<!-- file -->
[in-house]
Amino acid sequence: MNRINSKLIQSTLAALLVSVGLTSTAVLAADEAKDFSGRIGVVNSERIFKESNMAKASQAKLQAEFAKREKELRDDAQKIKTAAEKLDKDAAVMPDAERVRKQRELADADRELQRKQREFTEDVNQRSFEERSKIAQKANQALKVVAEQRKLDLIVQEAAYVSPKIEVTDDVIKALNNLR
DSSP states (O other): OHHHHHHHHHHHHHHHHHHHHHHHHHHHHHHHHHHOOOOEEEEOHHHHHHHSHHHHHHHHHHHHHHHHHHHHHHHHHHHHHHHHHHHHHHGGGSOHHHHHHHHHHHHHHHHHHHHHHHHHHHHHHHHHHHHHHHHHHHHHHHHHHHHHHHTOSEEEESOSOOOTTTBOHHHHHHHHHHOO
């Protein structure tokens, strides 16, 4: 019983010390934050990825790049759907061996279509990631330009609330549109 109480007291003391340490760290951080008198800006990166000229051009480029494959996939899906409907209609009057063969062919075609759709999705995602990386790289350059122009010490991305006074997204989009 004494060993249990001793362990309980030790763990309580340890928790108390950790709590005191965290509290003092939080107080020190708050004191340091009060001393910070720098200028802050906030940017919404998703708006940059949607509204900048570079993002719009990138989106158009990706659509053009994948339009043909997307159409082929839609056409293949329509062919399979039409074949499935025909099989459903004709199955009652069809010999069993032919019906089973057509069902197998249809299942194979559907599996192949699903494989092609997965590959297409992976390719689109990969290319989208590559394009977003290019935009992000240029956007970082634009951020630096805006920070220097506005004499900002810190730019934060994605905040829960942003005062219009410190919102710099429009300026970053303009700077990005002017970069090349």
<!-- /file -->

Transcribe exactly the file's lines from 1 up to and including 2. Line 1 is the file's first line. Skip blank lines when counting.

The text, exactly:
[in-house]
Amino acid sequence: MNRINSKLIQSTLAALLVSVGLTSTAVLAADEAKDFSGRIGVVNSERIFKESNMAKASQAKLQAEFAKREKELRDDAQKIKTAAEKLDKDAAVMPDAERVRKQRELADADRELQRKQREFTEDVNQRSFEERSKIAQKANQALKVVAEQRKLDLIVQEAAYVSPKIEVTDDVIKALNNLR